A/N: Is it wrong to cry at your own story? The ending of this made me well up considerably! I must apologise to Hattie, because I told her I was writing a fluffy fic, and I am, but this angsty little piece pushed into my head and wouldn't go away until I wrote it down. I'm really sorry at how sad this is, and I hope you'll all forgive me for what I've done!
Disclaimer: The Mighty Boosh belongs to the gorgeous Julian Barratt and the beautiful Noel Fielding.
Vince was panicking again.
He trembled as he sat on his bed, hands unconsciously digging into the tops of his thighs. His lungs were burning, his head spinning his mind yelling out in confusion. A sheen of perspiration formed across his brow, making his limp, raven hair stick to his forehead. His red-rimmed, dark-circled eyes stood out sharply against unhealthily pale skin. He looked almost dead.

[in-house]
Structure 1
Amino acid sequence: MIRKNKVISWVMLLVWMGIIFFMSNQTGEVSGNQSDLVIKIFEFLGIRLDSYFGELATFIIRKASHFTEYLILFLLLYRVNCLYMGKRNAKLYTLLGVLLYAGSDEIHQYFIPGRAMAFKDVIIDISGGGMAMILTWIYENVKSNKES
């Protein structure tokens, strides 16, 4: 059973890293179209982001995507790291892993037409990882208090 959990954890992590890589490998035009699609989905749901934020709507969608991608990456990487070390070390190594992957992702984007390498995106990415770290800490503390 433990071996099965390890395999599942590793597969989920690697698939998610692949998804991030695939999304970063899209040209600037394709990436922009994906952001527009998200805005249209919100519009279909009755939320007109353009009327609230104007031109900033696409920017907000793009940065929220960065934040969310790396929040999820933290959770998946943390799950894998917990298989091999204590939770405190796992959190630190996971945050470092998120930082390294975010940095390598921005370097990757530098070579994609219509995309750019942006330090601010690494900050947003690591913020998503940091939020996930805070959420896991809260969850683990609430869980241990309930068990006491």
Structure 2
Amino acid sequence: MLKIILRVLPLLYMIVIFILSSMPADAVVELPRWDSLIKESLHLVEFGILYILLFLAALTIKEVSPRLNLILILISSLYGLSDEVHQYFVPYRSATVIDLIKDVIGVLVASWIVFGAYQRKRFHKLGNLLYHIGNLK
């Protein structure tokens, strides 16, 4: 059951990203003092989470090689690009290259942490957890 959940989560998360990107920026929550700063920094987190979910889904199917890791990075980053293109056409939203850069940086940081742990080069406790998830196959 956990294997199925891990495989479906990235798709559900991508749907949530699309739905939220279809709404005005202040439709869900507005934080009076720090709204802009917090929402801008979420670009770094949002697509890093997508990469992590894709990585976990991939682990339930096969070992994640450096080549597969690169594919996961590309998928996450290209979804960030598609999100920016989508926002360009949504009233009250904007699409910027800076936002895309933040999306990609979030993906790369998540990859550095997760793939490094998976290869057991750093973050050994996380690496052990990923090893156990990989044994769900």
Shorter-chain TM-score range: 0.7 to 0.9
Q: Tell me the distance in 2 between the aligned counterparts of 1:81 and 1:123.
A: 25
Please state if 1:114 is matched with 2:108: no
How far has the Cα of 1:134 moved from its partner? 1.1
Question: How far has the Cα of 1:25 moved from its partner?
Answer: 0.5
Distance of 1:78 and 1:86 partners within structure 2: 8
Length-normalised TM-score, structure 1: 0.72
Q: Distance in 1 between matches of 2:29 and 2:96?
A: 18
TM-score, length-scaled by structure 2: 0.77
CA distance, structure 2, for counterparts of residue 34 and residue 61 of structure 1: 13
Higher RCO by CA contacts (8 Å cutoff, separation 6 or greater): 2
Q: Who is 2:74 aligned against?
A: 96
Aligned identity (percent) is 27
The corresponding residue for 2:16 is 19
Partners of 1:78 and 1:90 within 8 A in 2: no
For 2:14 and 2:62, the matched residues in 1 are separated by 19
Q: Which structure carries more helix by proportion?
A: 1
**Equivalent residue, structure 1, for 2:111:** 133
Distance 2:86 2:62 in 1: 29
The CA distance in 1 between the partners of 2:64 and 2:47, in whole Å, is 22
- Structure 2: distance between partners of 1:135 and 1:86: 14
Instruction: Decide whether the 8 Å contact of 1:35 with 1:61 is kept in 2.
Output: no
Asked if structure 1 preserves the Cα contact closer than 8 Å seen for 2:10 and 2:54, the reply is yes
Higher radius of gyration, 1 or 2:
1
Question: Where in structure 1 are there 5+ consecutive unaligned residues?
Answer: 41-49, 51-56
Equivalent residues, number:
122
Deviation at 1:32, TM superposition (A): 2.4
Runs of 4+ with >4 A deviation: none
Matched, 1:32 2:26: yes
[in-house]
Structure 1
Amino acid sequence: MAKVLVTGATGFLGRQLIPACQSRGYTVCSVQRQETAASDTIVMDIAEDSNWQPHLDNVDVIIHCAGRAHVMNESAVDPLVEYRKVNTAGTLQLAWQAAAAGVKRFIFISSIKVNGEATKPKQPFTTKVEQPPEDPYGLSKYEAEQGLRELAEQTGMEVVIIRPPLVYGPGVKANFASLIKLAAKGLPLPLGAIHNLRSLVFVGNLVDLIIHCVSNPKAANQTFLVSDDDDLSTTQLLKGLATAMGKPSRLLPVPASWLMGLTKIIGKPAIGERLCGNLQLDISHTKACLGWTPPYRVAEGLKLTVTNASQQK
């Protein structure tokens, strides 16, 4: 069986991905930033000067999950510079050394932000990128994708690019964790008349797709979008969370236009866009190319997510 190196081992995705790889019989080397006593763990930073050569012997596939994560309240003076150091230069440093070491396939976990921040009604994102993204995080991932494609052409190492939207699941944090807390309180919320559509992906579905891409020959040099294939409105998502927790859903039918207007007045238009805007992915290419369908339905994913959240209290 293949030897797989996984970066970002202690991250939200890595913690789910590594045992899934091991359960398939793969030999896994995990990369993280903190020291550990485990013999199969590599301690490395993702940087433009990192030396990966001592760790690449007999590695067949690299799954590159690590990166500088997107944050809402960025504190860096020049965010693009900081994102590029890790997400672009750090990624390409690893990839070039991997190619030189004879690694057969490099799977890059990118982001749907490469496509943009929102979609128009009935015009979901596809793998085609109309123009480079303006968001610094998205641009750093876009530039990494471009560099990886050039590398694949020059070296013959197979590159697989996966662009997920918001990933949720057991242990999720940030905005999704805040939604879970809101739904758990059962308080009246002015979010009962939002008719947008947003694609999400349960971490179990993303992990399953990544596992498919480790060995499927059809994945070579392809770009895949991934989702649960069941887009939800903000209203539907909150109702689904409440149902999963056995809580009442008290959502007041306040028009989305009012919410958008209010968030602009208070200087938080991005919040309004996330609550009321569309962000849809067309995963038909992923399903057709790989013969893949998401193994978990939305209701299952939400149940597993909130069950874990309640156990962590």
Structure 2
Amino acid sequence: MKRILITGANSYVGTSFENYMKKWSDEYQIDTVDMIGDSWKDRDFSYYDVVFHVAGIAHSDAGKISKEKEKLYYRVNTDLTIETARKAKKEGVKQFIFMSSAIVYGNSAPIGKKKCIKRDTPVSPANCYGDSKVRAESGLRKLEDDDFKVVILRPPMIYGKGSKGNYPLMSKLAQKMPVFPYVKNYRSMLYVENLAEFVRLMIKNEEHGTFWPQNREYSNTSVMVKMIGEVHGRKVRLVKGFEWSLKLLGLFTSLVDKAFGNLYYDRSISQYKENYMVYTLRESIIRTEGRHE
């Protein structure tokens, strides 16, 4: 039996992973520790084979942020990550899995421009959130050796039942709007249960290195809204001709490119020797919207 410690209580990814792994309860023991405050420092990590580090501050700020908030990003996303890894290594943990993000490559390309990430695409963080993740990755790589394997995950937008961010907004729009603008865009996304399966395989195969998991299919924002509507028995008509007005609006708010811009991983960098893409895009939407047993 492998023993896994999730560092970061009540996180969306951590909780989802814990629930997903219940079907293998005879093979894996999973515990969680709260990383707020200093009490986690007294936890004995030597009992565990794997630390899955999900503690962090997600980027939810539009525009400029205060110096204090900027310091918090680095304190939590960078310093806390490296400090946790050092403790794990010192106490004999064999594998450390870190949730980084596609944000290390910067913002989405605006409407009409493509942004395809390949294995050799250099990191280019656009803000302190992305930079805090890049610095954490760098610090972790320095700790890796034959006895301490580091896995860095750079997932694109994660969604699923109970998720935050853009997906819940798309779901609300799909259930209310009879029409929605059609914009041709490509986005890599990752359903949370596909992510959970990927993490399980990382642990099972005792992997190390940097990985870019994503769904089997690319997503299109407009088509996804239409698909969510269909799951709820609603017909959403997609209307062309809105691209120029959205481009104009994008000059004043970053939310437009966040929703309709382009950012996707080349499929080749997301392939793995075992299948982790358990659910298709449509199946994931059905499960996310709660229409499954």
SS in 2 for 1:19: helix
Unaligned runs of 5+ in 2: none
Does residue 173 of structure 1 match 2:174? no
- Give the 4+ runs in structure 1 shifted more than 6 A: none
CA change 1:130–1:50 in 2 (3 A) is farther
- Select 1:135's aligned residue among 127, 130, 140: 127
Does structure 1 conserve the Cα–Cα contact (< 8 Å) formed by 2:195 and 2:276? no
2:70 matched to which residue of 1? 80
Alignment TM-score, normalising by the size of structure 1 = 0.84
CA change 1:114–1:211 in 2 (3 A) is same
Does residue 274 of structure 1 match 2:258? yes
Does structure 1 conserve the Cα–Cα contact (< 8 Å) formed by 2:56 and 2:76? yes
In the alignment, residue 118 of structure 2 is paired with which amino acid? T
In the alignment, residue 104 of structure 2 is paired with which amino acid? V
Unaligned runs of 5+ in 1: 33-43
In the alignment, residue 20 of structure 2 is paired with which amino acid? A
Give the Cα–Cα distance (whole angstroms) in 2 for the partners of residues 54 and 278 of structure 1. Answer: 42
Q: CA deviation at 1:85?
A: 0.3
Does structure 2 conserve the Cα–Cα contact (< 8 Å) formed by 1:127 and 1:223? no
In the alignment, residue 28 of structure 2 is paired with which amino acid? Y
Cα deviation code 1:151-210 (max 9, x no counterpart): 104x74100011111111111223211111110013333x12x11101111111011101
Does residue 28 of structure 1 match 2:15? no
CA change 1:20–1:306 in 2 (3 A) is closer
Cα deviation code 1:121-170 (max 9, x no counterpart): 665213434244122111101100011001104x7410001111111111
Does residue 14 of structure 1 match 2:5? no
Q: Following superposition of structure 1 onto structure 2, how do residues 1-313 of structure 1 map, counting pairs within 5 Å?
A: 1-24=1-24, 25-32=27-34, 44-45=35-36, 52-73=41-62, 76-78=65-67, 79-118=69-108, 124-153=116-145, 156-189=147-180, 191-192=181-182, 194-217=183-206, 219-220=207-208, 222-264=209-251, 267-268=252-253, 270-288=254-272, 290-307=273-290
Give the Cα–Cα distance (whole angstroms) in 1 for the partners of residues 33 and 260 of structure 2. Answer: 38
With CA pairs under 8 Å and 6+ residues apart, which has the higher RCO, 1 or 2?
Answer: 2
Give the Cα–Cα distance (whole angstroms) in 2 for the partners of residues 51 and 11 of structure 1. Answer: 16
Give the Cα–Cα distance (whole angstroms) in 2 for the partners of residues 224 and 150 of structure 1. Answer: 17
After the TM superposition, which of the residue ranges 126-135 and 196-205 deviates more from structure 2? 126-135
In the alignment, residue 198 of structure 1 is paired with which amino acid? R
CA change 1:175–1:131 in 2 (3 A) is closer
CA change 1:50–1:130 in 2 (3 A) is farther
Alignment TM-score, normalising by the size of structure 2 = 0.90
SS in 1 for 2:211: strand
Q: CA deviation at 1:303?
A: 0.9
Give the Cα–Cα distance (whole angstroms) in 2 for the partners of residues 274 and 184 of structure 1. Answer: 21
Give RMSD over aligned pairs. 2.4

He may as well have been.
A few more seconds and he was hyperventilating, now on his feet and pacing frantically around the room, a hand on his chest as he desperately tried to suck in air. But he couldn't stop now – couldn't stand still. It was as if flapping about wildly made everything seem less frightening. But it didn't, and Vince knew this, which is why he eventually fell to his knees, hands clawing at the carpet, lungs about to explode and he wheezed and coughed, choked sobs racking his body, the grief too much to bear as hot tears flowed in a torrent down his sallow face, some rolling over his lips and bleeding salt into his mouth, his tongue feebly protesting against the bitterness of it. Vince rolled onto his side, bring his knees up to his chest and hugging them. He cut a pathetic sight on the floor in the middle of the room – heartbreaking and desperate and unreachable.